Only historians or Charlotte residents of more than half a century know why Stonewall Street became Brooklyn Village Avenue last year. But anyone pausing at the corner of Brooklyn Village and College Street may soon understand.
Duke Energy has hired a resident of another Brooklyn, in New York City, to create a 70-foot, three-dimensional mural for the garage wall at that corner. The mural symbolizes the history and cultural heritage of the former Brooklyn neighborhood and will commemorate the 1,007 Black families driven out in the 1960s and ’70s urban renewal.
Duke Energy kept history in mind when designing the building, said Brandon Lane, Duke Energy vice president of corporate real estate. The mural also reflects the company’s commitment to a diverse and inclusive work environment.
“We identified a blank canvas adjacent to the Harvey B. Gantt Center for African-American Arts + Culture that we felt was a wonderful fit for public art and decided to approach the center about collaborating,” Lane said. “We felt it important that this piece be the work of an African American artist. LEk’s concept left an impression on the evaluation team due to the striking visual nature of the piece, as well as his intention to thoughtfully highlight the Brooklyn neighborhood.”
During segregation, Brooklyn became a thriving African American community with the city’s only Black high school, Second Ward High, YMCA and library. A study in 1958 determined that 77% of the residences were blighted, meeting the criteria for urban renewal.
Two structures that remain – the Mecklenburg Investment Company Building and adjacent Grace AME Zion Church on Brevard Street – are depicted in Jeyifous’ mural.
In 2022, the city of Charlotte changed the name of streets honoring Confederate veterans and others. Stonewall Street, named after the Confederate general, ran through Brooklyn. The street was renamed Brooklyn Village Avenue.
Andrew Marco, Duke Energy workplace strategy program manager, met with Gantt Center leaders and Lauren Harkey, owner-director of Hodges Taylor art gallery and consulting firm. They started a national search for artists in late 2020.
“One benefit of working with The Gantt was their connection to the community,” Marco said. Gantt leaders helped Jeyifous interview residents and get feedback on his ideas at a community engagement session.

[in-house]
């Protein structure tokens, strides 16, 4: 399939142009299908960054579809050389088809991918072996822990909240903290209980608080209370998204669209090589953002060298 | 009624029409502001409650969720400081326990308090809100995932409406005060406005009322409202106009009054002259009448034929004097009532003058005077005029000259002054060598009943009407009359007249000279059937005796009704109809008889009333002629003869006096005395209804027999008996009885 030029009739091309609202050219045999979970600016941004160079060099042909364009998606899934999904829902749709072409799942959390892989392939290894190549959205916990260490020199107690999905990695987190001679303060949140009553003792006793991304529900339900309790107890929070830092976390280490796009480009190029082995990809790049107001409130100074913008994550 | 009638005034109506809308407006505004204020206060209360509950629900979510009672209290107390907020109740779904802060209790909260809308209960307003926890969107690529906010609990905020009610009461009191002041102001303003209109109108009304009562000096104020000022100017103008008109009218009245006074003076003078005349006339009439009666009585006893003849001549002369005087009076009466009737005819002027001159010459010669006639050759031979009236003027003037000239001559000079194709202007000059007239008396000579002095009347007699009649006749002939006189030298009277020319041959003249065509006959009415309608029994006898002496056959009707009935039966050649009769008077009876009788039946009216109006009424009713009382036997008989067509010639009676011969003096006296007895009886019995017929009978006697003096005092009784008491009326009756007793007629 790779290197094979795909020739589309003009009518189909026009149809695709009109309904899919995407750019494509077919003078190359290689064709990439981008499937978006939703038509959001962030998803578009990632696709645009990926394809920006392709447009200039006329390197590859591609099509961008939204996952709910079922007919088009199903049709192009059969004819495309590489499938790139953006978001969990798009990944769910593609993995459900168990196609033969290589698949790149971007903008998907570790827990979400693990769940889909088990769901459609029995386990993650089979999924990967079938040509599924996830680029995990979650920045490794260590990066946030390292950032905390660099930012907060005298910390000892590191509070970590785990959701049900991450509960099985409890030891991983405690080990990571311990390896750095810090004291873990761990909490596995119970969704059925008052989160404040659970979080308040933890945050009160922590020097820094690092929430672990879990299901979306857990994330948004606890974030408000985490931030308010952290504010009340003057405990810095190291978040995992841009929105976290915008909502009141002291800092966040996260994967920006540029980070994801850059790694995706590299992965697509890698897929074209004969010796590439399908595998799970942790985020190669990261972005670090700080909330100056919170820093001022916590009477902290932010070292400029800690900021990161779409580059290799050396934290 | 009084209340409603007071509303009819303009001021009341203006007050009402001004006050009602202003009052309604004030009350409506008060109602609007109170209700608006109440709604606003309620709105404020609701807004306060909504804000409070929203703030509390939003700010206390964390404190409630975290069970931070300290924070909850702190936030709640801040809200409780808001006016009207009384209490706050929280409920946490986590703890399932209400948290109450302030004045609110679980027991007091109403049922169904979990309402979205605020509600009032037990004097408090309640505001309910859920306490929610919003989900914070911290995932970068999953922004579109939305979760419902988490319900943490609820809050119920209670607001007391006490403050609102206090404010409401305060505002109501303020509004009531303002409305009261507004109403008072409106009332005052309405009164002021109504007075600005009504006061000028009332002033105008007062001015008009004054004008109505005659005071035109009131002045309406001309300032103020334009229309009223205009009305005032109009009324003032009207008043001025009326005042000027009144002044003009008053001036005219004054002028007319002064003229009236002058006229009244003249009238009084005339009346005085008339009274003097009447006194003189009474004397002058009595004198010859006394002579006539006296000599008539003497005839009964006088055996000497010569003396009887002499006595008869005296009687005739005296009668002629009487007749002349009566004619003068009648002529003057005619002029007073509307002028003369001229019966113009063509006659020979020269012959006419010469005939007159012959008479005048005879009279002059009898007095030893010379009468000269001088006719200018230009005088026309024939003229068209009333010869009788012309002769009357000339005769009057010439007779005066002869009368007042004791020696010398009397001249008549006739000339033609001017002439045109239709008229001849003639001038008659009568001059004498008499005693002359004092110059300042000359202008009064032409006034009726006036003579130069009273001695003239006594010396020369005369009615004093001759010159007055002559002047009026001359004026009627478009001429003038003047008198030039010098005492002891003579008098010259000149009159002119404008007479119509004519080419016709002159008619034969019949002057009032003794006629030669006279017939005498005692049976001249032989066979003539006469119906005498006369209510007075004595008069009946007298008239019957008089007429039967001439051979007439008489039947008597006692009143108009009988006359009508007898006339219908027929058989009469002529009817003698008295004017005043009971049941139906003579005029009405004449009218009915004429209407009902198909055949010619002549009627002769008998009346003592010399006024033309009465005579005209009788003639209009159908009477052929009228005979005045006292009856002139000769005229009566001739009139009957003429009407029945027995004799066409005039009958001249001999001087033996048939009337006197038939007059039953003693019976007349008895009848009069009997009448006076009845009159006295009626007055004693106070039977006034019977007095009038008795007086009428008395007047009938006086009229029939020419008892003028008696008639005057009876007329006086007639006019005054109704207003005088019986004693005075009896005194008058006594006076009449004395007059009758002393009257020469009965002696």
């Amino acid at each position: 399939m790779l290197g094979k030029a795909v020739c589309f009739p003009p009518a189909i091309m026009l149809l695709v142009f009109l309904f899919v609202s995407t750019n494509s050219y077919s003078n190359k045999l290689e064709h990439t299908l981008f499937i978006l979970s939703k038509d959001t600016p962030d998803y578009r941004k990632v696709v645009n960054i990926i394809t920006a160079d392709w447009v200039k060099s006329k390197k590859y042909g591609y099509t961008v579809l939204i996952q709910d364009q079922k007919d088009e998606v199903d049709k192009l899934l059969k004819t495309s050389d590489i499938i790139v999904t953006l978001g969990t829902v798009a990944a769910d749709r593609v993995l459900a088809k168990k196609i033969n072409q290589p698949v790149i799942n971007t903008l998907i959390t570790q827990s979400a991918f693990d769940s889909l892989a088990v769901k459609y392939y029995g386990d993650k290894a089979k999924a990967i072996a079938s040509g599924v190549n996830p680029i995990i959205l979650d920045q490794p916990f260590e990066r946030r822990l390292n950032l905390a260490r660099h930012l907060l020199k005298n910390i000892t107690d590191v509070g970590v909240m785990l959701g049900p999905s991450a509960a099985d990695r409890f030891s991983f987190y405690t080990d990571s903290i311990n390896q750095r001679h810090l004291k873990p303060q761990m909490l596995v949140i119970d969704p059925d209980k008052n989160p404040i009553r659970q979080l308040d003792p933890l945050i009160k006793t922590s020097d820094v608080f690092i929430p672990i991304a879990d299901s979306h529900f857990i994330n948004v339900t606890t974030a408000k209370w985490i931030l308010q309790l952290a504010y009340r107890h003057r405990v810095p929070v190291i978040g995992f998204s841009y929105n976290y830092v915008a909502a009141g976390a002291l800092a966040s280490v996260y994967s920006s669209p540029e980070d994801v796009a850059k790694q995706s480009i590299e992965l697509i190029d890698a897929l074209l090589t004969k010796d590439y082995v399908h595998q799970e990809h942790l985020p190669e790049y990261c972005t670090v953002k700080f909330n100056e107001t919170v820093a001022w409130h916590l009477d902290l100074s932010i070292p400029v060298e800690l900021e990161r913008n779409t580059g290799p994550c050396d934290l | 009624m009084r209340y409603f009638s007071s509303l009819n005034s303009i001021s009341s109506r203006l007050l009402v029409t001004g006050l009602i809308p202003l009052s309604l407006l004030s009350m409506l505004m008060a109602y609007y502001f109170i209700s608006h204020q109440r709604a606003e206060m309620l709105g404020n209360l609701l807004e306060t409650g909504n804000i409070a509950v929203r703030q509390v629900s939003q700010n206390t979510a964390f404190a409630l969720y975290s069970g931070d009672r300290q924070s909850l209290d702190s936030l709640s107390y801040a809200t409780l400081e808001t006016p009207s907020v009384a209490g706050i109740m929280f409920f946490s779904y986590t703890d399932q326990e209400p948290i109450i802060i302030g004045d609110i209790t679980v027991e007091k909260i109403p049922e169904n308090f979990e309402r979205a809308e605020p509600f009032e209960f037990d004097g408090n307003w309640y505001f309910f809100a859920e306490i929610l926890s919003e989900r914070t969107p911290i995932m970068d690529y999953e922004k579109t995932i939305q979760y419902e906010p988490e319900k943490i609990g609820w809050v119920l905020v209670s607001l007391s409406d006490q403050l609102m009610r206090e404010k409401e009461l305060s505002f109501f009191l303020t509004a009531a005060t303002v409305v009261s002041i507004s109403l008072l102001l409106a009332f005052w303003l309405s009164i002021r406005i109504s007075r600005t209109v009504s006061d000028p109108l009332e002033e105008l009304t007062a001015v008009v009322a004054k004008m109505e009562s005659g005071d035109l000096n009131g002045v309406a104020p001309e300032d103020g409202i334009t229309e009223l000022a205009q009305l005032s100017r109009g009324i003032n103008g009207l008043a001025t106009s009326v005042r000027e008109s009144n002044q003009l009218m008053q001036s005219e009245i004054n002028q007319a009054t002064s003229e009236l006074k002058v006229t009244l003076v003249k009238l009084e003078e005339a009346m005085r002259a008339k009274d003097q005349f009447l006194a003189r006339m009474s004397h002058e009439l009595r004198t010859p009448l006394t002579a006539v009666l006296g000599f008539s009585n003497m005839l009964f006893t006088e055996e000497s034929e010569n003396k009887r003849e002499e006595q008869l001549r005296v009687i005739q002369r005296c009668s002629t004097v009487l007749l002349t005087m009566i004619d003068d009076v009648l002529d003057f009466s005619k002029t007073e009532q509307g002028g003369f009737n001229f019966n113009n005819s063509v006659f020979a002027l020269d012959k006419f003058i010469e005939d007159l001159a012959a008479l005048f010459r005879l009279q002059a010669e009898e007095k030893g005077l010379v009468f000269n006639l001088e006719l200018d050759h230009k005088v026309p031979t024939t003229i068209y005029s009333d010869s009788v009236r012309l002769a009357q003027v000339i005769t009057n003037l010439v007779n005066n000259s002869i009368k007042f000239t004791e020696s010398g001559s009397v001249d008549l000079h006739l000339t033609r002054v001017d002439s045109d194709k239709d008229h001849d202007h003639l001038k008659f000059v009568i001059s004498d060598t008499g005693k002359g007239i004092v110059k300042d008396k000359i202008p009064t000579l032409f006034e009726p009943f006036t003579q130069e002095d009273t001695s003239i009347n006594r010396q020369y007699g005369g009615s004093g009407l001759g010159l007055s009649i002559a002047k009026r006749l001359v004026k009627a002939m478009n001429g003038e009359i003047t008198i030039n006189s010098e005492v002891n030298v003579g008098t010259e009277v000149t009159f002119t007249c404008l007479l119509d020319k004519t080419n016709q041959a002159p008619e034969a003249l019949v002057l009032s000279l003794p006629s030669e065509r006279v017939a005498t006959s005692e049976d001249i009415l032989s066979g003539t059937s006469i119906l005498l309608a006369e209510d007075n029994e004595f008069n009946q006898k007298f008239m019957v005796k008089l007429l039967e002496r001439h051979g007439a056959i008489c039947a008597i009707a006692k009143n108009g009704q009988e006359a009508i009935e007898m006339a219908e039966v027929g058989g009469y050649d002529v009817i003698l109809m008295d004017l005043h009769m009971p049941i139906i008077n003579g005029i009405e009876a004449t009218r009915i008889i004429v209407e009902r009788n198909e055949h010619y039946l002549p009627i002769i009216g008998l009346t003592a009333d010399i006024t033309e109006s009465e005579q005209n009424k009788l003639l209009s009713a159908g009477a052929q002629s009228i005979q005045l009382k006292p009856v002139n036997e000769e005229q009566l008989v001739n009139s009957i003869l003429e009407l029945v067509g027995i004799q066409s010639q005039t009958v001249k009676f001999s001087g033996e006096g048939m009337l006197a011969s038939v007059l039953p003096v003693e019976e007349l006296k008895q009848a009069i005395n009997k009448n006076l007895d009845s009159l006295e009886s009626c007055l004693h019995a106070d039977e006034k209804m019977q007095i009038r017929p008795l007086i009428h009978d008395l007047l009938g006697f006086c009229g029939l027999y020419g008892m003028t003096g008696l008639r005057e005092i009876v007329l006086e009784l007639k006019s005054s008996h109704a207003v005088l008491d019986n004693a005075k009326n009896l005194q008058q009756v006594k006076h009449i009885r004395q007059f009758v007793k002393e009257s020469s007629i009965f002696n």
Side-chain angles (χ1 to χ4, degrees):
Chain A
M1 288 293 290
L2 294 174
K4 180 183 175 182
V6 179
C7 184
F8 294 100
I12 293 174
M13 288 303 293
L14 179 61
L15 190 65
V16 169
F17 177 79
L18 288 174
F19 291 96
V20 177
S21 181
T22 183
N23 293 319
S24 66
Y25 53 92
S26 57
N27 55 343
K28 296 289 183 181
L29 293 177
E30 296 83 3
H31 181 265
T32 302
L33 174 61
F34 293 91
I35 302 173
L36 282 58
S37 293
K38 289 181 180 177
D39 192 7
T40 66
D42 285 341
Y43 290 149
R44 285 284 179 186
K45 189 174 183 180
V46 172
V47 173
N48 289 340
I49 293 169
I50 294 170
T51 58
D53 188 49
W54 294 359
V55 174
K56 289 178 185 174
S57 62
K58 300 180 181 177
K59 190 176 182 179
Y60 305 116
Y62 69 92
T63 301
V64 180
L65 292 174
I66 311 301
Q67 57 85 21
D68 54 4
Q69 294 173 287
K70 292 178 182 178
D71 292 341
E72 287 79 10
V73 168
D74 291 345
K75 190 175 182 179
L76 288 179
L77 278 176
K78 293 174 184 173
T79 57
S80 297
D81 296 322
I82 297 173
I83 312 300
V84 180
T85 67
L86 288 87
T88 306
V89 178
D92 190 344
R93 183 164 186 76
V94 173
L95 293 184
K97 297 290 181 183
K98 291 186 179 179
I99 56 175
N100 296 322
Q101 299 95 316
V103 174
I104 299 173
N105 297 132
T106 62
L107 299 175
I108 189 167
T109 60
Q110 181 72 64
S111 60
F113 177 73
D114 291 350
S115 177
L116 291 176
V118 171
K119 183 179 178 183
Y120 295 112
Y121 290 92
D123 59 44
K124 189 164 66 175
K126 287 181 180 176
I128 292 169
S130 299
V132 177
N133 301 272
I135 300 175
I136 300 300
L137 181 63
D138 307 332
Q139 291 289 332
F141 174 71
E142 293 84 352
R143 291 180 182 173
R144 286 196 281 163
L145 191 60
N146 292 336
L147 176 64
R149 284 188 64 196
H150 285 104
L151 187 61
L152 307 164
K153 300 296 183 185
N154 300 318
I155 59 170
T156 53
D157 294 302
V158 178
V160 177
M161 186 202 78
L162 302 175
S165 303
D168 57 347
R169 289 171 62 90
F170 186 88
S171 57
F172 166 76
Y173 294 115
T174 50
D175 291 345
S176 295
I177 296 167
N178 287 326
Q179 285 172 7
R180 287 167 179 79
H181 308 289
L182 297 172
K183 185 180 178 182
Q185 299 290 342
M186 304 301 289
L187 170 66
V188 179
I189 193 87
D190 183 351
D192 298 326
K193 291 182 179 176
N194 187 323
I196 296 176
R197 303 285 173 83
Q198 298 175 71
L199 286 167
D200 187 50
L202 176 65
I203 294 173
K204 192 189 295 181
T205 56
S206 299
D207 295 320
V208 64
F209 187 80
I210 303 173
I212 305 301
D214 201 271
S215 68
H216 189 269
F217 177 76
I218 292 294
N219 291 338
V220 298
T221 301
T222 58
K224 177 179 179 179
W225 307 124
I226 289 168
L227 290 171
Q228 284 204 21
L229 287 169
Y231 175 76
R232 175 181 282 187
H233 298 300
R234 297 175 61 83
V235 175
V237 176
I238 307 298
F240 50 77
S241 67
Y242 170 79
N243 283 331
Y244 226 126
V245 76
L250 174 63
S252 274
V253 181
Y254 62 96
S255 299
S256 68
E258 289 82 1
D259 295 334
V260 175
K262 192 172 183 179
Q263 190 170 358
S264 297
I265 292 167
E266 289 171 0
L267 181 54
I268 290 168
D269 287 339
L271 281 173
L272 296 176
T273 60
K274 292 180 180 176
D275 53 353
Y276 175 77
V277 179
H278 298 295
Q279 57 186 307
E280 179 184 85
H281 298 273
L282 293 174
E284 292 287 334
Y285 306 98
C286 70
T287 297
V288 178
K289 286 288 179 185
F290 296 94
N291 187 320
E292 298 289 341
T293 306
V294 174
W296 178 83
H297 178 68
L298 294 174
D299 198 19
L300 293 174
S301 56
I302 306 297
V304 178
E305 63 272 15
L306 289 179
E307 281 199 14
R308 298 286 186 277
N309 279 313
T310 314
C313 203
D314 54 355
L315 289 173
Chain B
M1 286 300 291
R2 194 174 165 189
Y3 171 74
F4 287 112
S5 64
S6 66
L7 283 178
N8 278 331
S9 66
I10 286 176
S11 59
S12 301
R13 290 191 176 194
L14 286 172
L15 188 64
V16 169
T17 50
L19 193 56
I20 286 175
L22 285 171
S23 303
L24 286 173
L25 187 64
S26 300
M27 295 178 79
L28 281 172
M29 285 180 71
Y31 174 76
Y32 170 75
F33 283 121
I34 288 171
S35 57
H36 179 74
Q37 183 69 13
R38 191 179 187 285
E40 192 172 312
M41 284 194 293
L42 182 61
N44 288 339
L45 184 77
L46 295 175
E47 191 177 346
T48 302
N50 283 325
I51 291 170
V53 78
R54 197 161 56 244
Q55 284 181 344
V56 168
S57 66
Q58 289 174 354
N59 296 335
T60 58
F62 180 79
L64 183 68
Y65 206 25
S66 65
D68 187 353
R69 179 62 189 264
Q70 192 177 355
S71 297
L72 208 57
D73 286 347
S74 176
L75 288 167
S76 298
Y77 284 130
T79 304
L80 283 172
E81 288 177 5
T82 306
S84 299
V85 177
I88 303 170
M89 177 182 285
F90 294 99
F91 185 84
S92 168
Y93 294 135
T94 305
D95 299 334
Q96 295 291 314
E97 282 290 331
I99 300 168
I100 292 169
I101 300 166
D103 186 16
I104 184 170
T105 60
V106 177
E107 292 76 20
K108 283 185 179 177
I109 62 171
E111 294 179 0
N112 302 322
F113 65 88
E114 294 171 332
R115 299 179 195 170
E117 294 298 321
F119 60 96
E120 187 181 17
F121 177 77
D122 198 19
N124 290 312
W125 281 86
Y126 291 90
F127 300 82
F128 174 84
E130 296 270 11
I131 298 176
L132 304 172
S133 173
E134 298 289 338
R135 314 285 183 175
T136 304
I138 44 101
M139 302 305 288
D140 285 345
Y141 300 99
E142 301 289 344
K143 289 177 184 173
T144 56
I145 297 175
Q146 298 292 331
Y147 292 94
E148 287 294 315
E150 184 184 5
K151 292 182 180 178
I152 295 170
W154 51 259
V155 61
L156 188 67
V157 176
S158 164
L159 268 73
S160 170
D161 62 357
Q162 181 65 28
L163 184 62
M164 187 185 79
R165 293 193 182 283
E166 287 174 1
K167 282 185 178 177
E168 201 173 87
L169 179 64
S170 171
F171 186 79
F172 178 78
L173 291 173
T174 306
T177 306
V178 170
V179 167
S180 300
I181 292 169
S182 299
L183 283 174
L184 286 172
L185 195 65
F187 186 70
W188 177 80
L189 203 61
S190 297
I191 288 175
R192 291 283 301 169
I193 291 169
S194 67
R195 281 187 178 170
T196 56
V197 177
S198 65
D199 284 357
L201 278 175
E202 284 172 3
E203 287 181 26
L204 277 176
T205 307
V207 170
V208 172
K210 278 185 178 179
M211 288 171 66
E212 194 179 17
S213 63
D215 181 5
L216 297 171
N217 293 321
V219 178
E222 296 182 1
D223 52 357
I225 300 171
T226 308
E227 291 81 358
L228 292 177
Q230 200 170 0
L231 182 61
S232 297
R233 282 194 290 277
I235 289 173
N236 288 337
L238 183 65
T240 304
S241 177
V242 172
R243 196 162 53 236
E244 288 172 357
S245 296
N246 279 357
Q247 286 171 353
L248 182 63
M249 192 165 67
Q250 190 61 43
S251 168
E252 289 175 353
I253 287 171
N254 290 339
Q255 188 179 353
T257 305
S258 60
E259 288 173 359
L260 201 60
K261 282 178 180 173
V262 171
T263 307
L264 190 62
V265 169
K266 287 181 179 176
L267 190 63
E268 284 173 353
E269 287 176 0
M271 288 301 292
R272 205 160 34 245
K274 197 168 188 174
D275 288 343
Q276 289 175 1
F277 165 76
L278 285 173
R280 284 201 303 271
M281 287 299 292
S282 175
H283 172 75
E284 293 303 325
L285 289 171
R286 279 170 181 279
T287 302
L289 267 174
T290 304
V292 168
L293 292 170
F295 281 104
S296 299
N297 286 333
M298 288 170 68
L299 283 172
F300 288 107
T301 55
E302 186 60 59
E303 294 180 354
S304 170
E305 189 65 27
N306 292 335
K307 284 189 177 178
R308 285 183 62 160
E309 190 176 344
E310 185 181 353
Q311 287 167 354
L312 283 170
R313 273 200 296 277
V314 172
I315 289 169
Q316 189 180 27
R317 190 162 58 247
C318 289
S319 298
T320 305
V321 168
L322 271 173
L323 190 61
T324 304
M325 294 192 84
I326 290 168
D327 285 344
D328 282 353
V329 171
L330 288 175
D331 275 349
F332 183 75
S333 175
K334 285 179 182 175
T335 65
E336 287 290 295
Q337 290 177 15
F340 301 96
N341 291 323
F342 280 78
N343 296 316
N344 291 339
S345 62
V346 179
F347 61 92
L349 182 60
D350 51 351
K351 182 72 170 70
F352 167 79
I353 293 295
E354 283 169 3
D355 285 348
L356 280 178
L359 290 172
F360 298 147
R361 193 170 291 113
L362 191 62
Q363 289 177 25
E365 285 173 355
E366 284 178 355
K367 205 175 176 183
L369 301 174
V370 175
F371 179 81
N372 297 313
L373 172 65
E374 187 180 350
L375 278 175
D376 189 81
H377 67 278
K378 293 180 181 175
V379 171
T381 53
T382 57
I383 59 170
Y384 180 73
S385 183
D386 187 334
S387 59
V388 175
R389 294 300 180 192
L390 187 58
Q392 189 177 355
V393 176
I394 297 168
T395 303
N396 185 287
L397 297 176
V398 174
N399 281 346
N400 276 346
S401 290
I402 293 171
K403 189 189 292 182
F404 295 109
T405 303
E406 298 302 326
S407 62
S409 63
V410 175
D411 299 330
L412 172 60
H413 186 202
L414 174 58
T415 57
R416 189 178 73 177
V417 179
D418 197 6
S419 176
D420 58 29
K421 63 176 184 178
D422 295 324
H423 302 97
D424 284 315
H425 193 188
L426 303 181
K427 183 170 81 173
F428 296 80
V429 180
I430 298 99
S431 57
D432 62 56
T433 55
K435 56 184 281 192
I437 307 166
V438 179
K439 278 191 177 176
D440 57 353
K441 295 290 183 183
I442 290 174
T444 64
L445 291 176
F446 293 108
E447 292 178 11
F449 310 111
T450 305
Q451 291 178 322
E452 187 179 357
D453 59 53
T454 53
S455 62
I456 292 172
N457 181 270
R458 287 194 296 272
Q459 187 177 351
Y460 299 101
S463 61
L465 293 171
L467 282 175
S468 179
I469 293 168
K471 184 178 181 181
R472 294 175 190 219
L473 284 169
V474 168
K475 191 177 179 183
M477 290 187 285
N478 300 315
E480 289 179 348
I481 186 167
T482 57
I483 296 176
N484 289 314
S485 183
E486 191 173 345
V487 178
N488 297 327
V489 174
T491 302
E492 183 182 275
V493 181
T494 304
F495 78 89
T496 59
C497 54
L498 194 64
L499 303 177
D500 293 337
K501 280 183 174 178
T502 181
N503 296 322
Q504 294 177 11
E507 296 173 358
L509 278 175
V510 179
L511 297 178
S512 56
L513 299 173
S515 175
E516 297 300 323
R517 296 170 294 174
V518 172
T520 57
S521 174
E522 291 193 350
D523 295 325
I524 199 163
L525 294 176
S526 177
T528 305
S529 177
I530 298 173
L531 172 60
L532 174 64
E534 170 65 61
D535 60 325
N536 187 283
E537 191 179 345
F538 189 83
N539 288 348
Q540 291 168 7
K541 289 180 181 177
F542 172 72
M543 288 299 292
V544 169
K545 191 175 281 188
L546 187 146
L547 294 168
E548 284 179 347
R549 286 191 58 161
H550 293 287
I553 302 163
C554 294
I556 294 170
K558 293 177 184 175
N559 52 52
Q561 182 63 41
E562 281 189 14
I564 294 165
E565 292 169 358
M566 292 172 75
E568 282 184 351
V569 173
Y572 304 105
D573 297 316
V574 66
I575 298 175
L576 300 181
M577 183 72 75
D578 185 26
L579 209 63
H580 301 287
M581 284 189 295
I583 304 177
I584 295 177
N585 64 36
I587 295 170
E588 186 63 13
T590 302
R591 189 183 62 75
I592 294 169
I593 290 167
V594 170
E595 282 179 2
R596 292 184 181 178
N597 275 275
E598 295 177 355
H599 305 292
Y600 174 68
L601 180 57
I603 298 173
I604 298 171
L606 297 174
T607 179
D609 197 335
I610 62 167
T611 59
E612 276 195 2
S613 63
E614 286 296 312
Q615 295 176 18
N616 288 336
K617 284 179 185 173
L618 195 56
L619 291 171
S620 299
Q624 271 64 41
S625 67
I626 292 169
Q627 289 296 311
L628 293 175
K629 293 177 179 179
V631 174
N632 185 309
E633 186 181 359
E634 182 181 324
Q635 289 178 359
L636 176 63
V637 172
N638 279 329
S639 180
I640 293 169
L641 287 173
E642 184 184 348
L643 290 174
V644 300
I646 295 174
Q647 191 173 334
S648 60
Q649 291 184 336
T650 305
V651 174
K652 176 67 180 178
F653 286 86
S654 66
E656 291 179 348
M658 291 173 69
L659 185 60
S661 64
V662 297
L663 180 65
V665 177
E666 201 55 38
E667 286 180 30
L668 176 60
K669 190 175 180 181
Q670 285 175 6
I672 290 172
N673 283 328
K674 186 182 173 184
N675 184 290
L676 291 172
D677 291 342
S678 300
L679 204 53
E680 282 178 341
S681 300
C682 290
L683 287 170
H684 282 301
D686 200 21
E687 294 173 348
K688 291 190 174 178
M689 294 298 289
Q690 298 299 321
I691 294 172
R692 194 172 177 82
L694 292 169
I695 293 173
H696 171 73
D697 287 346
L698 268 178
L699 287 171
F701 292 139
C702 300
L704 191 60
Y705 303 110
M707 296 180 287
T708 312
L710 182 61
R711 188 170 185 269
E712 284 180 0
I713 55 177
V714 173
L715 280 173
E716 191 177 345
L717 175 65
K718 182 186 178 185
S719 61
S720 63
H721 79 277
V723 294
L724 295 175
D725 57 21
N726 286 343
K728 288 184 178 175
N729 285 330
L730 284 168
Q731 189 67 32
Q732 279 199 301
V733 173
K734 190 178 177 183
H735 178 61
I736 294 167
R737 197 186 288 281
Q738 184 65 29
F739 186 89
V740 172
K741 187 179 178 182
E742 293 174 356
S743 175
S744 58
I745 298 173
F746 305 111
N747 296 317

Harkey was struck by the Nigerian-born Jeyifous’ use of freedom quilts and Adire textile art in his work.
“We had a lot of conversations around symbolism,” she said. “He took memorable buildings and notes from historic Brooklyn – the church and barbershop and row houses – and knocked it out of the park.”
Jeyifous said he took what he learned to create “a kind of collaged tapestry … to illustrate a larger story about the historic arc and everyday lives of the Brooklyn community and how it might reverberate throughout the present and the future.”
He hopes the mural will commemorate the history and values of the community to teach younger generations about the past while “encouraging reflection, contemplation and curiosity about such an important and tight-knit neighborhood and its impact on the region.”
Since there is a glass illuminated frieze at street level, Harkey said, “it was important to complement this existing public art. If you’re standing by that glass, LEk’s piece will tower above you, roughly 70 feet tall by 40 feet wide. It will be backlit at night and clearly visible.”
Though Duke Energy first envisioned a flat panel, the planners embraced Jeyifous’ idea of layers made of laser-cut, brightly painted aluminum. Because the property line extends only 8 inches past the wall, the piece won’t project far off the building but will clearly have three dimensions.
“Ultimately,” Marco said, “I hope this mural will provide the community inspiration for the future. This piece recognizes an important, culturally relevant part of our community’s history. While we can’t change the events of the past, I hope people will be proud that one of the community’s larger corporations recognizes the spirit and diversity that makes Charlotte special.”
Art at Duke Energy Plaza
Other public art installations will join Olalekan Jeyifous’ mural at Duke Energy Plaza.
Two illuminated sculptures by Charlotte artist Ivan Toth Depeña will catch the eyes of passersby at the main South Tryon Street entrance. They’ll embody photons, the smallest particles of light and the basis for solar generation. Behind the sculptures, the building’s façade will feature a six-story panel with a silhouette of Depeña’s interpretation of a photon.
Inside the plaza’s Experience Hall, a sculpture by the Chicago-based duo Luftwerk will hang from the ceiling in a figure-eight curve. “Journey of the Sun,” 85 colorful translucent glass discs, will represent the sun’s path over a year. Nearby, an AV wall nearly 60 feet long will display motion graphic animations. Together, they’ll capture constant changes of light over time.